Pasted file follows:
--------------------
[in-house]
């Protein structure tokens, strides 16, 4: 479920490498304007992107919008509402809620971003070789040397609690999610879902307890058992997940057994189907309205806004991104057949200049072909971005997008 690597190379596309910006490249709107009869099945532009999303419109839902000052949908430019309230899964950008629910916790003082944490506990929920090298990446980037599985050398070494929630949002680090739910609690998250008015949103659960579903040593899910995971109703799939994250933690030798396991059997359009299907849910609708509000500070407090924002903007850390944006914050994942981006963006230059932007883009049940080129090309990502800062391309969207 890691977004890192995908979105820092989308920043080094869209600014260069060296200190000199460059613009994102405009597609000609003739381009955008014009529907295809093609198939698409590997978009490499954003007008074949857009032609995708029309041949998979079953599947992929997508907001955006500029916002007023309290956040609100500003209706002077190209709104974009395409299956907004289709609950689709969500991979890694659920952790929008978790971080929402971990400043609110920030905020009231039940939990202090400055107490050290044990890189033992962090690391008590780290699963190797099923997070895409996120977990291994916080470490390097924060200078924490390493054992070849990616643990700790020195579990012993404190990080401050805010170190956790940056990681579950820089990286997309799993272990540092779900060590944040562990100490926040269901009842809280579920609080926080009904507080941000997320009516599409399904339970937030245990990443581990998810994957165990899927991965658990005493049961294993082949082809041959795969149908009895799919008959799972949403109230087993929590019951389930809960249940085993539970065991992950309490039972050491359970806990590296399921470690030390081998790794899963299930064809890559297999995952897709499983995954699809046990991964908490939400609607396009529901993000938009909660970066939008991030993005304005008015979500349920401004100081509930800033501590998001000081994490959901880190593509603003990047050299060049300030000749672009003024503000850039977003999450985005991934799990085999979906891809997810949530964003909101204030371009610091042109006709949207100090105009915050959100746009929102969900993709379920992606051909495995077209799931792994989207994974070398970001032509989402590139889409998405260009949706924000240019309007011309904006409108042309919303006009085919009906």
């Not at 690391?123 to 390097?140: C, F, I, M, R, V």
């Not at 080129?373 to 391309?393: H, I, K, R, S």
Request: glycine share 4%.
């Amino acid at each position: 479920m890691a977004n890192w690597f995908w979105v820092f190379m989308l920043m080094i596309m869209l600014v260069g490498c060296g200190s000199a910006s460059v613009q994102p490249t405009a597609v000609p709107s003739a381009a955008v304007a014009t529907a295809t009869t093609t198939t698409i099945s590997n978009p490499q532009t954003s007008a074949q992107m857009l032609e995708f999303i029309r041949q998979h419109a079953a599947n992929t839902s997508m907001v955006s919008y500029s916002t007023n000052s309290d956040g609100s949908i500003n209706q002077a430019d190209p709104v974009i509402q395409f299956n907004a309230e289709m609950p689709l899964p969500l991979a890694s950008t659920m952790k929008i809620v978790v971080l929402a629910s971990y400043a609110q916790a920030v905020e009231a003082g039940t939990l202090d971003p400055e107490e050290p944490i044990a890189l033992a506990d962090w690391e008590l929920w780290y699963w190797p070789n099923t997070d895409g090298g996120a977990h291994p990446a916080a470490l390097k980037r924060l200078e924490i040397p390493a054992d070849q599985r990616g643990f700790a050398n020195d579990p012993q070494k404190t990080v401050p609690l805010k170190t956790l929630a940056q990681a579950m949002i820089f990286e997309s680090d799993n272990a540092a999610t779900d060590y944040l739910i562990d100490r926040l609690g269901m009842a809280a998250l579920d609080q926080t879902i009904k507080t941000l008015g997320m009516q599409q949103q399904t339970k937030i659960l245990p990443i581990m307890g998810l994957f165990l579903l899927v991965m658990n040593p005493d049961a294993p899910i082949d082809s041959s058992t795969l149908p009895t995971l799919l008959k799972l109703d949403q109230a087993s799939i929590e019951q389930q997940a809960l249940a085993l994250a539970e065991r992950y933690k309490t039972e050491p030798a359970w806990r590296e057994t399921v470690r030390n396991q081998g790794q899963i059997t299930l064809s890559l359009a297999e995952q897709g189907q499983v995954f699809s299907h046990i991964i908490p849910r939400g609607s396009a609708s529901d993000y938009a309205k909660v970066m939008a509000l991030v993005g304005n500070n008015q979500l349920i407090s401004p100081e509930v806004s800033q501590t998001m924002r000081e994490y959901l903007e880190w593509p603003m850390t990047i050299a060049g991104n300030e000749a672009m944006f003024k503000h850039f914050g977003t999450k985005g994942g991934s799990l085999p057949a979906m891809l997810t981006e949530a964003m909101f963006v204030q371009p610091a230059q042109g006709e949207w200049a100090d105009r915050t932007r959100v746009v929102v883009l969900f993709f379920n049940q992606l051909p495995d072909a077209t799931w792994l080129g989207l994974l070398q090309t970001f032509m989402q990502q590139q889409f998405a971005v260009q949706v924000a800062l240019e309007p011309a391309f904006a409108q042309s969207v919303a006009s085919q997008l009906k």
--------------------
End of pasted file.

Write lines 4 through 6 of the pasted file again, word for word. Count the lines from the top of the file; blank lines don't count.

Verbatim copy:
């Not at 080129?373 to 391309?393: H, I, K, R, S």
Request: glycine share 4%.
């Amino acid at each position: 479920m890691a977004n890192w690597f995908w979105v820092f190379m989308l920043m080094i596309m869209l600014v260069g490498c060296g200190s000199a910006s460059v613009q994102p490249t405009a597609v000609p709107s003739a381009a955008v304007a014009t529907a295809t009869t093609t198939t698409i099945s590997n978009p490499q532009t954003s007008a074949q992107m857009l032609e995708f999303i029309r041949q998979h419109a079953a599947n992929t839902s997508m907001v955006s919008y500029s916002t007023n000052s309290d956040g609100s949908i500003n209706q002077a430019d190209p709104v974009i509402q395409f299956n907004a309230e289709m609950p689709l899964p969500l991979a890694s950008t659920m952790k929008i809620v978790v971080l929402a629910s971990y400043a609110q916790a920030v905020e009231a003082g039940t939990l202090d971003p400055e107490e050290p944490i044990a890189l033992a506990d962090w690391e008590l929920w780290y699963w190797p070789n099923t997070d895409g090298g996120a977990h291994p990446a916080a470490l390097k980037r924060l200078e924490i040397p390493a054992d070849q599985r990616g643990f700790a050398n020195d579990p012993q070494k404190t990080v401050p609690l805010k170190t956790l929630a940056q990681a579950m949002i820089f990286e997309s680090d799993n272990a540092a999610t779900d060590y944040l739910i562990d100490r926040l609690g269901m009842a809280a998250l579920d609080q926080t879902i009904k507080t941000l008015g997320m009516q599409q949103q399904t339970k937030i659960l245990p990443i581990m307890g998810l994957f165990l579903l899927v991965m658990n040593p005493d049961a294993p899910i082949d082809s041959s058992t795969l149908p009895t995971l799919l008959k799972l109703d949403q109230a087993s799939i929590e019951q389930q997940a809960l249940a085993l994250a539970e065991r992950y933690k309490t039972e050491p030798a359970w806990r590296e057994t399921v470690r030390n396991q081998g790794q899963i059997t299930l064809s890559l359009a297999e995952q897709g189907q499983v995954f699809s299907h046990i991964i908490p849910r939400g609607s396009a609708s529901d993000y938009a309205k909660v970066m939008a509000l991030v993005g304005n500070n008015q979500l349920i407090s401004p100081e509930v806004s800033q501590t998001m924002r000081e994490y959901l903007e880190w593509p603003m850390t990047i050299a060049g991104n300030e000749a672009m944006f003024k503000h850039f914050g977003t999450k985005g994942g991934s799990l085999p057949a979906m891809l997810t981006e949530a964003m909101f963006v204030q371009p610091a230059q042109g006709e949207w200049a100090d105009r915050t932007r959100v746009v929102v883009l969900f993709f379920n049940q992606l051909p495995d072909a077209t799931w792994l080129g989207l994974l070398q090309t970001f032509m989402q990502q590139q889409f998405a971005v260009q949706v924000a800062l240019e309007p011309a391309f904006a409108q042309s969207v919303a006009s085919q997008l009906k």